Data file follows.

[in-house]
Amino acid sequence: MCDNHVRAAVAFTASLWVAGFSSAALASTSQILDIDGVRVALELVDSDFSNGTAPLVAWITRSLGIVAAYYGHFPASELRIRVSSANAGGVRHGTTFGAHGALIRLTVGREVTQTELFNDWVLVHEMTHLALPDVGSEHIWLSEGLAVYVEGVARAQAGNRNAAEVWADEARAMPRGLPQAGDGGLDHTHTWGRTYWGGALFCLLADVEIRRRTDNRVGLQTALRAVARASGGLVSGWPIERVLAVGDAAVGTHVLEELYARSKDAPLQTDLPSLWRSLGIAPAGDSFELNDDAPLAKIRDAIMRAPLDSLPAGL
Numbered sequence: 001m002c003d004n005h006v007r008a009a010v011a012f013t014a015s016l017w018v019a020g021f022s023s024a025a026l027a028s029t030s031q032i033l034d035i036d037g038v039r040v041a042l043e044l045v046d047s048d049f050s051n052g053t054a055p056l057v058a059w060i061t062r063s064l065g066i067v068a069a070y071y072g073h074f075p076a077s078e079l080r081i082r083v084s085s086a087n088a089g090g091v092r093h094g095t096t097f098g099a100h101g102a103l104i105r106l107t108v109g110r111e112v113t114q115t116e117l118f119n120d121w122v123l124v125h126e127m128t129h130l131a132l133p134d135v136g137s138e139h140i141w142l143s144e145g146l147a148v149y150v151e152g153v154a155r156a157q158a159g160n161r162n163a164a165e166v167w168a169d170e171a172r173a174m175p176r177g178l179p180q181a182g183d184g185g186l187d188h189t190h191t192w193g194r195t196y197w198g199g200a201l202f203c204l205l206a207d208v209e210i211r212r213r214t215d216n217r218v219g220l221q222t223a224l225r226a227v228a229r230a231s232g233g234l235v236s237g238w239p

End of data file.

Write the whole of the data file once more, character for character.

[in-house]
Amino acid sequence: MCDNHVRAAVAFTASLWVAGFSSAALASTSQILDIDGVRVALELVDSDFSNGTAPLVAWITRSLGIVAAYYGHFPASELRIRVSSANAGGVRHGTTFGAHGALIRLTVGREVTQTELFNDWVLVHEMTHLALPDVGSEHIWLSEGLAVYVEGVARAQAGNRNAAEVWADEARAMPRGLPQAGDGGLDHTHTWGRTYWGGALFCLLADVEIRRRTDNRVGLQTALRAVARASGGLVSGWPIERVLAVGDAAVGTHVLEELYARSKDAPLQTDLPSLWRSLGIAPAGDSFELNDDAPLAKIRDAIMRAPLDSLPAGL
Numbered sequence: 001m002c003d004n005h006v007r008a009a010v011a012f013t014a015s016l017w018v019a020g021f022s023s024a025a026l027a028s029t030s031q032i033l034d035i036d037g038v039r040v041a042l043e044l045v046d047s048d049f050s051n052g053t054a055p056l057v058a059w060i061t062r063s064l065g066i067v068a069a070y071y072g073h074f075p076a077s078e079l080r081i082r083v084s085s086a087n088a089g090g091v092r093h094g095t096t097f098g099a100h101g102a103l104i105r106l107t108v109g110r111e112v113t114q115t116e117l118f119n120d121w122v123l124v125h126e127m128t129h130l131a132l133p134d135v136g137s138e139h140i141w142l143s144e145g146l147a148v149y150v151e152g153v154a155r156a157q158a159g160n161r162n163a164a165e166v167w168a169d170e171a172r173a174m175p176r177g178l179p180q181a182g183d184g185g186l187d188h189t190h191t192w193g194r195t196y197w198g199g200a201l202f203c204l205l206a207d208v209e210i211r212r213r214t215d216n217r218v219g220l221q222t223a224l225r226a227v228a229r230a231s232g233g234l235v236s237g238w239p